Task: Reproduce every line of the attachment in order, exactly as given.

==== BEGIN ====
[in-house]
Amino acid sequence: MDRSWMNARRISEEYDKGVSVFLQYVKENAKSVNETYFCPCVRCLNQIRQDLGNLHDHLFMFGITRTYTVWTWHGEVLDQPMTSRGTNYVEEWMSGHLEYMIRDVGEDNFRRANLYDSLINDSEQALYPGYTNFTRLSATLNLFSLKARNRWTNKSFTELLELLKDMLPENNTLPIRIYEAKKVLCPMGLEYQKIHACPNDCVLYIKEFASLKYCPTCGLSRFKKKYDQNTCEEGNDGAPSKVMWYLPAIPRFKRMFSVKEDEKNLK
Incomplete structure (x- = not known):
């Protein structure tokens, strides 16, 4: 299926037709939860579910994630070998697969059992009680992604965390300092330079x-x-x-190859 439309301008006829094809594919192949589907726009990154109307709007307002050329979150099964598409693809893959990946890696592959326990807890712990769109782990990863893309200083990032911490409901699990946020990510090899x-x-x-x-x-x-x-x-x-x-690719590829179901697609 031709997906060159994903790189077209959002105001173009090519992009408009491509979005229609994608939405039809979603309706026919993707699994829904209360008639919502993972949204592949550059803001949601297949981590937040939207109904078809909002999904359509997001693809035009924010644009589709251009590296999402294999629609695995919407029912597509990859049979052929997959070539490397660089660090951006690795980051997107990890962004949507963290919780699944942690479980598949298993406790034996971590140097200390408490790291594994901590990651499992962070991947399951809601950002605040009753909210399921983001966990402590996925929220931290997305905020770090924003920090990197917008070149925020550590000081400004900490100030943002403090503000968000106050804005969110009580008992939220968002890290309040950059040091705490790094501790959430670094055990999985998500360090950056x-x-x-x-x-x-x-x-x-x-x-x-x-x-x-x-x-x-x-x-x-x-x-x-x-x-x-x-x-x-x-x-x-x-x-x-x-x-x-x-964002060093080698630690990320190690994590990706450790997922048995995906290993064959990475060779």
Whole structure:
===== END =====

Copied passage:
[in-house]
Amino acid sequence: MDRSWMNARRISEEYDKGVSVFLQYVKENAKSVNETYFCPCVRCLNQIRQDLGNLHDHLFMFGITRTYTVWTWHGEVLDQPMTSRGTNYVEEWMSGHLEYMIRDVGEDNFRRANLYDSLINDSEQALYPGYTNFTRLSATLNLFSLKARNRWTNKSFTELLELLKDMLPENNTLPIRIYEAKKVLCPMGLEYQKIHACPNDCVLYIKEFASLKYCPTCGLSRFKKKYDQNTCEEGNDGAPSKVMWYLPAIPRFKRMFSVKEDEKNLK
Incomplete structure (x- = not known):
């Protein structure tokens, strides 16, 4: 299926037709939860579910994630070998697969059992009680992604965390300092330079x-x-x-190859 439309301008006829094809594919192949589907726009990154109307709007307002050329979150099964598409693809893959990946890696592959326990807890712990769109782990990863893309200083990032911490409901699990946020990510090899x-x-x-x-x-x-x-x-x-x-690719590829179901697609 031709997906060159994903790189077209959002105001173009090519992009408009491509979005229609994608939405039809979603309706026919993707699994829904209360008639919502993972949204592949550059803001949601297949981590937040939207109904078809909002999904359509997001693809035009924010644009589709251009590296999402294999629609695995919407029912597509990859049979052929997959070539490397660089660090951006690795980051997107990890962004949507963290919780699944942690479980598949298993406790034996971590140097200390408490790291594994901590990651499992962070991947399951809601950002605040009753909210399921983001966990402590996925929220931290997305905020770090924003920090990197917008070149925020550590000081400004900490100030943002403090503000968000106050804005969110009580008992939220968002890290309040950059040091705490790094501790959430670094055990999985998500360090950056x-x-x-x-x-x-x-x-x-x-x-x-x-x-x-x-x-x-x-x-x-x-x-x-x-x-x-x-x-x-x-x-x-x-x-x-x-x-x-x-964002060093080698630690990320190690994590990706450790997922048995995906290993064959990475060779």
Whole structure: